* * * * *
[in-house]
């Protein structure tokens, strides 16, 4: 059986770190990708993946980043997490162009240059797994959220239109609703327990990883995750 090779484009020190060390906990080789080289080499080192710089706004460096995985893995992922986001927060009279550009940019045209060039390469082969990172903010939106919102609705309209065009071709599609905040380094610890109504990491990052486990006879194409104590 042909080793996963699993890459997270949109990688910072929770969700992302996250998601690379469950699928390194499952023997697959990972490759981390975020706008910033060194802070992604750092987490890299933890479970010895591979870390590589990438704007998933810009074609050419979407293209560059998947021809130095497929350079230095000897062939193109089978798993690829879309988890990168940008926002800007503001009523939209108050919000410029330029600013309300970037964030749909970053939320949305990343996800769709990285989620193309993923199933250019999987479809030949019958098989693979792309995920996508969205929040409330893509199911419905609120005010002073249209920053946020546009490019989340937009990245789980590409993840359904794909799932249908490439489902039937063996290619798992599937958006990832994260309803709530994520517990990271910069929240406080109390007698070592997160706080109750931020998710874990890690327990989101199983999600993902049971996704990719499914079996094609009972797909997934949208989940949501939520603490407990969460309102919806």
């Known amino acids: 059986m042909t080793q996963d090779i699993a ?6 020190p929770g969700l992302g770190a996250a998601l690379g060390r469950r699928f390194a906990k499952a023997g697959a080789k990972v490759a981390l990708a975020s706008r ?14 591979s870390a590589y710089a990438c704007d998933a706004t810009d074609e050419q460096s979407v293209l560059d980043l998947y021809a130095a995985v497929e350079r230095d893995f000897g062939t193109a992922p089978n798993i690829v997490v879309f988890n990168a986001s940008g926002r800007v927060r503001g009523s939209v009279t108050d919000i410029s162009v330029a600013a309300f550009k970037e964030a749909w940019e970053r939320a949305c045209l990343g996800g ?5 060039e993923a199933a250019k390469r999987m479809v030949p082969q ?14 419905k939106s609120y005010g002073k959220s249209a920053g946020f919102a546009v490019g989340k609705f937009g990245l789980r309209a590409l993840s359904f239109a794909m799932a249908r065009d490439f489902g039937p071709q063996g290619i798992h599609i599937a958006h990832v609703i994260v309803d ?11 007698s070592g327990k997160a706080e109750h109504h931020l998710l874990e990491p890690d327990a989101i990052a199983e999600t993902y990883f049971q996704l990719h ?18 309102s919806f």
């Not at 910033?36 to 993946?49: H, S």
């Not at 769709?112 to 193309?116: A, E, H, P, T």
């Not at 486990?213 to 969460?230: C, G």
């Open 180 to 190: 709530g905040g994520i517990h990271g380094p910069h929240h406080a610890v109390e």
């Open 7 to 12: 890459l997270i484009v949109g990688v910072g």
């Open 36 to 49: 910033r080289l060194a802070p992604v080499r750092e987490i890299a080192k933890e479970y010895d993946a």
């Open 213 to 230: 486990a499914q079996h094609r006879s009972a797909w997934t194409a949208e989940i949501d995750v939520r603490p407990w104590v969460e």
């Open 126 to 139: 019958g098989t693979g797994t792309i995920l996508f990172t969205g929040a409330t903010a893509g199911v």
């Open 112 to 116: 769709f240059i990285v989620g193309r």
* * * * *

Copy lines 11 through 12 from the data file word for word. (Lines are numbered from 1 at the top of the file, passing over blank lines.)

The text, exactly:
């Open 126 to 139: 019958g098989t693979g797994t792309i995920l996508f990172t969205g929040a409330t903010a893509g199911v």
């Open 112 to 116: 769709f240059i990285v989620g193309r």